Cheteshwar Pujara falls into the category of classical Test batsman who follows all the old principles of Test match batting. Pujara's batting methodology seems outdated in today's day and age, but the real fact is, players like him have become a rare breed.
Recklessness is the new age "Aggression" and teams feel proud about it. This has transformed limited overs cricket and batting has gone to unimaginable heights. This intent pays them rich dividends in ODIs and T20s but they walk on thin ice in Test matches.
However, in Test match cricket, teams are failing miserably. Players who look like "Legends" in limited overs cricket become sitting ducks in Test matches. The fact that some of the modern-day stroke makers don't give themselves any time and want to dominate the proceedings from the outset, is an alarming issue.
However, people like Pujara, Alastair Cook or a BJ Watling approach Test match cricket with the same old golden principles: patience and perseverance.
On that note, let us have a look at four important lessons to learn from Cheteswar Pujara's 123 at Adelaide.
#4 Putting a price tag on his wicket
Sunil Gavaskar famously states "Give the first hour to the bowlers and take the next 5 hours for yourself". Pujara epitomized this famous adage by exactly doing this. When he walked in to bat, India had lost KL Rahul to a reckless shot.
Pujara came in at number 3 and batted with a lot of focus and patience. He soon saw Murali Vijay, Ajinkya Rahane and even the great Virat Kohli doing the same mistake of going after the ball outside-off with hard hands.
Pujara cut down that risk by leaving all the deliveries outside off and making the bowlers bowl at him. He was in trouble against the dip that Lyon was generating but smartly kept him at bay by taking singles. Pujara reached his 50 off 153 deliveries and did not take any risks until Ravi Ashwin was dismissed.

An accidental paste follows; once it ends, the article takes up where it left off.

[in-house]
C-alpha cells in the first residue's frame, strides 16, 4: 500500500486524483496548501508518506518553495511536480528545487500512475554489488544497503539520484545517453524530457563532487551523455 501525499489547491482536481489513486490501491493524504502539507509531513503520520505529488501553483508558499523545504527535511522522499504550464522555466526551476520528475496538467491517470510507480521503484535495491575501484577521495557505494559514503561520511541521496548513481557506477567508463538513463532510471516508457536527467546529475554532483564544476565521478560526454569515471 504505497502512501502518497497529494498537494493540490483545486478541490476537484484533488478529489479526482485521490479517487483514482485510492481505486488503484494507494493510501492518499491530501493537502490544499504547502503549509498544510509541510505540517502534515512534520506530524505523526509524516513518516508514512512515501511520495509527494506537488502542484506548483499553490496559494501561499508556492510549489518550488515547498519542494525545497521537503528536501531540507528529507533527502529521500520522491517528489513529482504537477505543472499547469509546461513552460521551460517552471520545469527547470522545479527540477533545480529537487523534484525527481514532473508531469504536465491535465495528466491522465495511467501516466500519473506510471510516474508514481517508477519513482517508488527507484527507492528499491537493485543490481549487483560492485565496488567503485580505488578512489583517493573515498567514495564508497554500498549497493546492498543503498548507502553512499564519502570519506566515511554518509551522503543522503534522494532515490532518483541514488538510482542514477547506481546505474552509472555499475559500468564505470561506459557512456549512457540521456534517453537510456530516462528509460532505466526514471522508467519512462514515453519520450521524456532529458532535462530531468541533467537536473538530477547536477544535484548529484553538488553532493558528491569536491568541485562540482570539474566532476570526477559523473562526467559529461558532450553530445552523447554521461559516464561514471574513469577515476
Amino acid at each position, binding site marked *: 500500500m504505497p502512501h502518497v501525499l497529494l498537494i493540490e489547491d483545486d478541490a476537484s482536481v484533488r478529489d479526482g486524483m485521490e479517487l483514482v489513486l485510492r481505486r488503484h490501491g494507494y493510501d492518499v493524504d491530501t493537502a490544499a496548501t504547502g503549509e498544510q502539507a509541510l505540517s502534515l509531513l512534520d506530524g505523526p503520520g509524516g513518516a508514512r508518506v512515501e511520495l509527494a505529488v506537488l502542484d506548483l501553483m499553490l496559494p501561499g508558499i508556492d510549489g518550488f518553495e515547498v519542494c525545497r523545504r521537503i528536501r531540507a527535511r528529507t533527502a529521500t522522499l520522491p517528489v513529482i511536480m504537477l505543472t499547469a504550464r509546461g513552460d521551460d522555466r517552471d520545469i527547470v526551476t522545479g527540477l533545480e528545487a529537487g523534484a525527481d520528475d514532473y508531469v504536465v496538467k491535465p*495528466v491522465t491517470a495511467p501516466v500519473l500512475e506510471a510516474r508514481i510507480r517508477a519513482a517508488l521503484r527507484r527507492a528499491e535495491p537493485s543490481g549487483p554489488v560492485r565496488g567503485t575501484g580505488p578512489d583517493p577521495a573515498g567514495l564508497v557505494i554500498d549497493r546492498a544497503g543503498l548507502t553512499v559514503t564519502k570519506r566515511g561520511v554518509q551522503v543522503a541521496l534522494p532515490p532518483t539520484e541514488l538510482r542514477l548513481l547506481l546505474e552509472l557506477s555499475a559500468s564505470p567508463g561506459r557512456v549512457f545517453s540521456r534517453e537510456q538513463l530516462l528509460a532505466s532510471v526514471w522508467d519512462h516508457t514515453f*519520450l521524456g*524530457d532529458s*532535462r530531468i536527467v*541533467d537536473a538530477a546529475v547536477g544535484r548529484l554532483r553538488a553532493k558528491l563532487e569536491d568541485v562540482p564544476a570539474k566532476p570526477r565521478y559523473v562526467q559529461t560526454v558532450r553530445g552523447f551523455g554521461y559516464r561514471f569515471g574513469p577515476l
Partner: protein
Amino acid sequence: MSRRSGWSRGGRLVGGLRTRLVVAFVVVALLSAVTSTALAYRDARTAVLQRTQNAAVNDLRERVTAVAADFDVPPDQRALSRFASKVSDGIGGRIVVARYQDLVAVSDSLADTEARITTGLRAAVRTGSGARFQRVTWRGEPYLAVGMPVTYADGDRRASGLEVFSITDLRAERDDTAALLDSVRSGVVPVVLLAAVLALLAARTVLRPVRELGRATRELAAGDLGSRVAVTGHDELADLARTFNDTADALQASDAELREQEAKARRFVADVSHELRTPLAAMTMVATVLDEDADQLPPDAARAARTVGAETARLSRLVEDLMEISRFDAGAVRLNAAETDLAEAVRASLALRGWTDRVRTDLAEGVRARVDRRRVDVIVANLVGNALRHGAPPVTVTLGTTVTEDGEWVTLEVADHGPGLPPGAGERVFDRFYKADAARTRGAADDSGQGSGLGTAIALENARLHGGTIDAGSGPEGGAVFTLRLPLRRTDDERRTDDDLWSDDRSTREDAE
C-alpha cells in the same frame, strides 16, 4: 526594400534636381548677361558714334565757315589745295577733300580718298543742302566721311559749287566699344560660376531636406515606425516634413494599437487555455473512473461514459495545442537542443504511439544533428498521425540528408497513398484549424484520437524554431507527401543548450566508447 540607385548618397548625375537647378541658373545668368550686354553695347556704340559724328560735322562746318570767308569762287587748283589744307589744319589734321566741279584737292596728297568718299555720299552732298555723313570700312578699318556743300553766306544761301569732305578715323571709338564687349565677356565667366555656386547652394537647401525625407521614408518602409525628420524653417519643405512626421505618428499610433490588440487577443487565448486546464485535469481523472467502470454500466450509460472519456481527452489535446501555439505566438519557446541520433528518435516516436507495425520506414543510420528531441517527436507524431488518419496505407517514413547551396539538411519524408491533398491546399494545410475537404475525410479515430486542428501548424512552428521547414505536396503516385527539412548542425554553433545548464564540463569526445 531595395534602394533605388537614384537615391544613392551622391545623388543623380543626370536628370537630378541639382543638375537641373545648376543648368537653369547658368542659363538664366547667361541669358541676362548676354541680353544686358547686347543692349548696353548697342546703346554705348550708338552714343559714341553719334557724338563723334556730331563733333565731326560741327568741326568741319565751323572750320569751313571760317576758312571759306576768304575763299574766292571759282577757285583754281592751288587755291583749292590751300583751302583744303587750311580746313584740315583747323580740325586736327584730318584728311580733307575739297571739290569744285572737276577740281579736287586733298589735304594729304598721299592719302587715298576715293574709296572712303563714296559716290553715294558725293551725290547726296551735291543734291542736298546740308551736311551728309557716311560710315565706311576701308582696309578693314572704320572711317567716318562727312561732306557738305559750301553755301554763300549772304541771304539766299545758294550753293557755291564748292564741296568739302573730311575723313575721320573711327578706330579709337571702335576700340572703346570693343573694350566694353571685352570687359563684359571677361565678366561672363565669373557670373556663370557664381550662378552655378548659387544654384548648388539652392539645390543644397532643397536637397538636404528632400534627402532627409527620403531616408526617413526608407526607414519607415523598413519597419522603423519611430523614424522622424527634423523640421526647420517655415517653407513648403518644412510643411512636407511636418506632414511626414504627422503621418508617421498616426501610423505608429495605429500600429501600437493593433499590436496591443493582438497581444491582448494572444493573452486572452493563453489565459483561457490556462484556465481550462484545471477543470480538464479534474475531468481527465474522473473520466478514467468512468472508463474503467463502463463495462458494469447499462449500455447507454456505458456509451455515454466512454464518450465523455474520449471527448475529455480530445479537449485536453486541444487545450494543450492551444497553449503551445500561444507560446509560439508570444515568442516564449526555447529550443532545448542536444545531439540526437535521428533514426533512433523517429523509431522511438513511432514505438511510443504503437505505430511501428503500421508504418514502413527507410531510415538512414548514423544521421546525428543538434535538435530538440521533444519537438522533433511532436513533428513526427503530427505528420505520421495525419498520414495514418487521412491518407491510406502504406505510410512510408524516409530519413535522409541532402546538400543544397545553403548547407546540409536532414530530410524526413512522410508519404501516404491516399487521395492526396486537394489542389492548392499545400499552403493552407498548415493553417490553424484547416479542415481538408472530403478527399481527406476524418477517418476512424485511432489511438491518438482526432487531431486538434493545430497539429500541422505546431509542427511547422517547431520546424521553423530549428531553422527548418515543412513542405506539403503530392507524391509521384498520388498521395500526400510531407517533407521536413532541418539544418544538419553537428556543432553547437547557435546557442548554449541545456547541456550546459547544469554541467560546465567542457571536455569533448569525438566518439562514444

#3 Sound temperament
Pujara showed exemplary temperament against the Australian quicks, there were many drive-able deliveries and he ensured that he doesn't fall prey to it. Pujara displayed solid awareness of the situation when he batted with Rohit Sharma, Rishabh Pant and Ravi Ashwin followed by the tail.
Pujara stayed at one end and there was a time when he was batting on 11 from 44 balls and stayed on 11 till he had faced 76 balls. He was smart enough to blunt the new ball. When Ravi Ashwin joined him, the pair manoeuvred the strike well with Pujara doing the bulk of the scoring.
When he was left to bat with the tailenders, Pujara suddenly changed gears and hit quite a few boundaries and sixes.
For a player to be a successful Test match batsman, patience is of utmost importance. Pujara showed, if a batsman has the patience to hang in there for one session when the ball and the bowlers are at their rampant best, there are runs for the taking.
Pujara had scored 11 runs till the lunch session and was successful in completing a classy hundred by the post-tea session.
He waited till the Australian quicks got tired and started to build some important partnerships with the lower-middle order. Once he realized the pitch had flattened out, he nailed it by going after the reckless Starc and the disciplined Hazelwood to score some quick runs for India.
#1 Skills and Technique
One of the most impressive things about Pujara's 16th hundred was the technique he showed against the Australian quicks. Pujara has an imminent problem of prodding the front-foot and not covering the line of the ball, which has resulted in him getting bowled through the gate a number of times. However, this time around, he was tight in his defence and was sure about where his off-stump was.
Pujara has also struggled against the wily Nathan Lyon and the dip the off-spinner produces. But he was smart enough to dance down the pitch and smother the spin, which made the off-spinner bowl short on a few occasions.
He could milk Lyon for runs on both sides of the wicket. Pujara's technique was compact enough and he had good control of the proceedings.
Only time will tell if this has any impact on India's fortunes as they have definitely squandered an early advantage of winning the toss. 250/9 is a good score considering India were 41/4 at one point.
If India's bowlers turn up against this fragile Australian batting line-up and dismiss them cheaply, India can surely drive home the advantage in the second innings.
Let us keep our fingers crossed and hope for the best on Day 2 in Adelaide.